It is different. HSK is geared towards non-native speakers while the 普通话水平测试(Mandarin Level Evaluation Exam) is geared towards Chinese people to prove their ability in standard mandarin (as opposed to a local dialect). -Frazzydee| 03:11, 10 January 2011 (UTC)

Japanese & Korean links necessary?[edit]

I understand the "see also" links to other Chinese language tests, but don't understand the point in linking to Korean and Japanese specifically. There are at least 15 other language proficiency tests with pages on Wikipedia; maybe it would be better to just link to Wikipedia's list of language proficiency tests? Simplylala (talk) 11:55, 25 May 2009 (UTC)

  • At least the Japanese test (JLPT) is quite similar in structure. It is also a neighboring country and uses Chinese characters so comparing the JLPT and the HSK is useful for interested parties. Roeschter (talk) 03:26, 17 June 2012 (UTC)

Vocabulary and characters learning goals[edit]

I corrected the learning goals for the various HSK level to realistic number. For some strange reason the numbers published (and copied) widely are completely unrealistic and do not align with what was published for the previous (11 level) version of the HSK. Previously and current published word lists contained 8800 entries, a character count shows ~4000 distinct characters. This is appropriate for university level Chinese as suggested by HSK 6 descriptions. HSK 5 claims to test literacy (reading books and newspapaers) but stated just 1500 characters. This is clearly a joke as any Chinese learner and teach will tell you. ~2500 characters is what you need to read newspapers. I adjusted the other level upwards equally and in line with the definitions of the HSK levels. Roeschter (talk) 03:32, 17 June 2012 (UTC)

Where did you get your new numbers from? Because the official word lists for the HSK states 150 for HSK1, 300 for HSK2, 600 for HSK3, 1200 for HSK4, 2500 for HSK5 and 5000 for HSK6. Even though students at HSK level 5 should be able to read the newspapers, and you'd need a bigger vocabulary than 2500 words to do so, the official word list contains 2500 words, so that is what we have to state. You can't just make up numbers because they seem more fitting! (Unless, of course, your numbers stem from a source, in which case you should provide it.) The fact that the old HSK has a vocabulary of approx 8800 at top level, does not mean that the new one also has it, as those are totally different tests.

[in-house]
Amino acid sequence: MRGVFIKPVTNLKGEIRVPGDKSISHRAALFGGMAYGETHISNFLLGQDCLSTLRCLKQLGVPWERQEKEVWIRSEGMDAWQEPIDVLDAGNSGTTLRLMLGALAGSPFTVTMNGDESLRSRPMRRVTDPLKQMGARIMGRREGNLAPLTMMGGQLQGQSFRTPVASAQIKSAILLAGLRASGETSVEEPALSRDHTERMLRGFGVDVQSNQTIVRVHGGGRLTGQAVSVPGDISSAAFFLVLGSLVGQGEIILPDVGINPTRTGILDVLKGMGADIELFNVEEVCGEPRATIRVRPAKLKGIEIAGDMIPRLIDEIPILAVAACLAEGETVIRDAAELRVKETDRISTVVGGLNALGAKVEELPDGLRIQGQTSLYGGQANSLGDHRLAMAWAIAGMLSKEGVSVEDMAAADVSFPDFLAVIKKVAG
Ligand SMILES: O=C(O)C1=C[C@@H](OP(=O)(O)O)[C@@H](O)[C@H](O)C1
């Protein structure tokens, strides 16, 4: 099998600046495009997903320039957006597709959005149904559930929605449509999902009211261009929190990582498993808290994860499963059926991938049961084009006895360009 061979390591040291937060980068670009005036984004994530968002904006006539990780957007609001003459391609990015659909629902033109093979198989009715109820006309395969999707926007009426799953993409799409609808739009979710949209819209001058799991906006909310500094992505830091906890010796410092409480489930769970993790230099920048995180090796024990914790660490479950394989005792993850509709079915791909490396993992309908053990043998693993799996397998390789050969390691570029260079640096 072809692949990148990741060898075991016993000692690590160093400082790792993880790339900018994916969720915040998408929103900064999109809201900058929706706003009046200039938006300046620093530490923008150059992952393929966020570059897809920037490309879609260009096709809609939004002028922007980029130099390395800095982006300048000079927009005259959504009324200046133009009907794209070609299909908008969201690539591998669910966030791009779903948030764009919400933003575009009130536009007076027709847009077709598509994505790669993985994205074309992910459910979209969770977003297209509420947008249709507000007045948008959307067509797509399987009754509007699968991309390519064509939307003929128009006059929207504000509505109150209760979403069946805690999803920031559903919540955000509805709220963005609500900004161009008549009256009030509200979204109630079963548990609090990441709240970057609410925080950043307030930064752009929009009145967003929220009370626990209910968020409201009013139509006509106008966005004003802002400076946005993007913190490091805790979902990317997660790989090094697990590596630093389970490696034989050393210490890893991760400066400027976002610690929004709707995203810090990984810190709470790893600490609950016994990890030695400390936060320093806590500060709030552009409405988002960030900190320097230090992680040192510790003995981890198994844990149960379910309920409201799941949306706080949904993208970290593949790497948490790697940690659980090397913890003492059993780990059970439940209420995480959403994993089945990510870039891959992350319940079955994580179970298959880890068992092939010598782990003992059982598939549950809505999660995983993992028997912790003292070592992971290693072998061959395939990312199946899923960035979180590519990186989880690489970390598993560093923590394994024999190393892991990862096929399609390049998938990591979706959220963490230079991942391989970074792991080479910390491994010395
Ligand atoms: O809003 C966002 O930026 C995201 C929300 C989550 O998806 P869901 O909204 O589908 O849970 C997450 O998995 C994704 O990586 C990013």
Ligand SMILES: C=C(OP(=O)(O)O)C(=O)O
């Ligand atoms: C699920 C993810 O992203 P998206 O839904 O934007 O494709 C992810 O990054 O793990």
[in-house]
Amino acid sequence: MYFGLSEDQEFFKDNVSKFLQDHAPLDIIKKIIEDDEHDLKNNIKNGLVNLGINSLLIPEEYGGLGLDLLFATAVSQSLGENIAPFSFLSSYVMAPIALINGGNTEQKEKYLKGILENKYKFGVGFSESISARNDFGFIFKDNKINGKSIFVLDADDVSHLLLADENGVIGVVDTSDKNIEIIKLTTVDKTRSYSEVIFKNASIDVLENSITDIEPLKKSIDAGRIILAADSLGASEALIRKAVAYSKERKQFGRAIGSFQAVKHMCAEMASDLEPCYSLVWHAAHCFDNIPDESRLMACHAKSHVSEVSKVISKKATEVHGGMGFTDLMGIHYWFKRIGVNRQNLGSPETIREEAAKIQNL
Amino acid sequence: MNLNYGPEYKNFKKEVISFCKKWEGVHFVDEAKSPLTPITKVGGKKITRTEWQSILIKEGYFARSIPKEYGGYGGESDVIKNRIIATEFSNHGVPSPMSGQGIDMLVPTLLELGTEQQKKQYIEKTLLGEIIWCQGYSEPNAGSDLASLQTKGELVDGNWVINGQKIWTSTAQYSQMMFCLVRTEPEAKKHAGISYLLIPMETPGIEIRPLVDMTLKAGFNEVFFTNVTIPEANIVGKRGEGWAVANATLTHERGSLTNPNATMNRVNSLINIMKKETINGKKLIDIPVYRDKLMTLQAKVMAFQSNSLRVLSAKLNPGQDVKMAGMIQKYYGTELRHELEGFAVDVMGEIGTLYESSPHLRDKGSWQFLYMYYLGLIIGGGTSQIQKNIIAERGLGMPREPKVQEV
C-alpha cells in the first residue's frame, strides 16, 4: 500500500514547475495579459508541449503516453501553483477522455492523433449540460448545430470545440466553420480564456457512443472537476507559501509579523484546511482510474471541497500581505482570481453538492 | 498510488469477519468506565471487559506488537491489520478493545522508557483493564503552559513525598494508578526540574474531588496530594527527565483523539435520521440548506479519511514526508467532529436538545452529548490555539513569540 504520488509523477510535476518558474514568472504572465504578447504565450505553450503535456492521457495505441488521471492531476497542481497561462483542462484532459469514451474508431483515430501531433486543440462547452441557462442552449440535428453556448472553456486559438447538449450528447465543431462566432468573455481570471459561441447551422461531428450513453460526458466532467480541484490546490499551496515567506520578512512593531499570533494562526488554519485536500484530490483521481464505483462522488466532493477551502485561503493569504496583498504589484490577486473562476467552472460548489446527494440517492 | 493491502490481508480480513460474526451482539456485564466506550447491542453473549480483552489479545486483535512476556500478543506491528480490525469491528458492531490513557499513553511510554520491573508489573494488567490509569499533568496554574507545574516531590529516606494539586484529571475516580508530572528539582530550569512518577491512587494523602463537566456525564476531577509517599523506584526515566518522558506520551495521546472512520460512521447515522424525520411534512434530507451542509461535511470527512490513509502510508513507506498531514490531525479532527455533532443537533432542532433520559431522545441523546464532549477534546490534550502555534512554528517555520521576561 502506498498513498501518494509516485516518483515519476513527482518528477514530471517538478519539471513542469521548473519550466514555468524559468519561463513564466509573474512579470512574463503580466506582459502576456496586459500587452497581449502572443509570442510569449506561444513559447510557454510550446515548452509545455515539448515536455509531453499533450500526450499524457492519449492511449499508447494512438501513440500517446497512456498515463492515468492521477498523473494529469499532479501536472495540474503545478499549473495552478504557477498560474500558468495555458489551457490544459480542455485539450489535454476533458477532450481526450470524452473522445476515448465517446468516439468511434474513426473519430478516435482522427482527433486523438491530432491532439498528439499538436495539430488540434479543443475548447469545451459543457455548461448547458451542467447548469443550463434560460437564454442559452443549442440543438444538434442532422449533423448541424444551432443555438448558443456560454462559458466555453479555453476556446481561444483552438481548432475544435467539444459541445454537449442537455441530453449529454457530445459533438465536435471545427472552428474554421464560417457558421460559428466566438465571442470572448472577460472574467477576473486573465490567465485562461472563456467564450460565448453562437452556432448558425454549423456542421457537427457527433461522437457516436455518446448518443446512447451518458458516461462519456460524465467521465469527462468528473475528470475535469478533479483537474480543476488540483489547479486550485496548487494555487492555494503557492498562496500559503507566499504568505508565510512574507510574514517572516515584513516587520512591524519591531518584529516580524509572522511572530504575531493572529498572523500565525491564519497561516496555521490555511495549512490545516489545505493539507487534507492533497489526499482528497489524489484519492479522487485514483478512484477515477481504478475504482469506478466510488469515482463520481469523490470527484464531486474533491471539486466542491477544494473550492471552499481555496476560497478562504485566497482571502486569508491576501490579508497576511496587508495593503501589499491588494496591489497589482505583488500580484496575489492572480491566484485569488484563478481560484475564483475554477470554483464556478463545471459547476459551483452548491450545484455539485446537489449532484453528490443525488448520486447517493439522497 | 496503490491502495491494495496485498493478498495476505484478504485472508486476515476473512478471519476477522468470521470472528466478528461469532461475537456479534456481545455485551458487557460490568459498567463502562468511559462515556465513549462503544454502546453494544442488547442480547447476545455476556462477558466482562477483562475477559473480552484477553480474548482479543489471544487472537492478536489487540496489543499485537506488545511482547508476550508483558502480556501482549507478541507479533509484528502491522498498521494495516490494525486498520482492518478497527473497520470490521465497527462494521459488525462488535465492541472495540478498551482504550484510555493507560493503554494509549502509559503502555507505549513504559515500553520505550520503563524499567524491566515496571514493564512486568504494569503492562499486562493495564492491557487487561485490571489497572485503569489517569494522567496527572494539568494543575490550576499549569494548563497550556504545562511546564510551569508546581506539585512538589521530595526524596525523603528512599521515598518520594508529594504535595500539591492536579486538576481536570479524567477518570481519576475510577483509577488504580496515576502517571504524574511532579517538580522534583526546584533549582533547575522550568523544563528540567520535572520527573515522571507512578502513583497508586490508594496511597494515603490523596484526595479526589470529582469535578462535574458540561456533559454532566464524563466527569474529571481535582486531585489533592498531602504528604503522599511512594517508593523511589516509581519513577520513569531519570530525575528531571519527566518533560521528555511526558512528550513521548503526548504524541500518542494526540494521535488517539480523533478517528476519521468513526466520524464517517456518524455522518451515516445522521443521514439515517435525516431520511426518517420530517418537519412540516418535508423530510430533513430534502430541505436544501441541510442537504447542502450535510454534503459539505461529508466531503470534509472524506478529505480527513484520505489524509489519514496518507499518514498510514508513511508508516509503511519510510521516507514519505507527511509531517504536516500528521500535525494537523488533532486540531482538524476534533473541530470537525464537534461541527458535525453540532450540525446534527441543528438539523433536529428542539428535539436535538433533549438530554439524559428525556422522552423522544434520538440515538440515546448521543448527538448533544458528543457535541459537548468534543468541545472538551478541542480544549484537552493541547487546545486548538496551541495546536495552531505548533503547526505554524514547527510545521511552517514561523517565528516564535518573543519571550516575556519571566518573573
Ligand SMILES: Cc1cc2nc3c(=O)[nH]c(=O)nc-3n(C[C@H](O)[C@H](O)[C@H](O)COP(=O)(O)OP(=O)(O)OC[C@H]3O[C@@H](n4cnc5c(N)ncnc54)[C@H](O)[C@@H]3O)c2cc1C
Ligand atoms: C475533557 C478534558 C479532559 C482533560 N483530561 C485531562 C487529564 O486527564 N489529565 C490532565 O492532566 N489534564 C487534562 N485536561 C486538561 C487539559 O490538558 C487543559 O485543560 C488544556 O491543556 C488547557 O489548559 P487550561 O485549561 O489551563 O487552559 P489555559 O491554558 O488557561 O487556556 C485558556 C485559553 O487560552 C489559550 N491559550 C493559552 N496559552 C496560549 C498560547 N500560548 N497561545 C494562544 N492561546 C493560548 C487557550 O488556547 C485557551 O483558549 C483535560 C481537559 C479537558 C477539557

I propose that this page be reverted to pre-17th of June state, unless Roeschter is able to procure any sources that support this new numbers. --- HSK student EAA — Preceding unsigned comment added by 221.221.19.44 (talk) 15:11, 17 June 2012 (UTC)
Since nobody has yet provided data that the new numbers are in any way more correct than the old ones, while there are many sources that indicate the the old numbers where correct, I reversed the numbers back to the original. --- HSK student EAA — Preceding unsigned comment added by 129.241.164.253 (talk) 03:28, 19 June 2012 (UTC)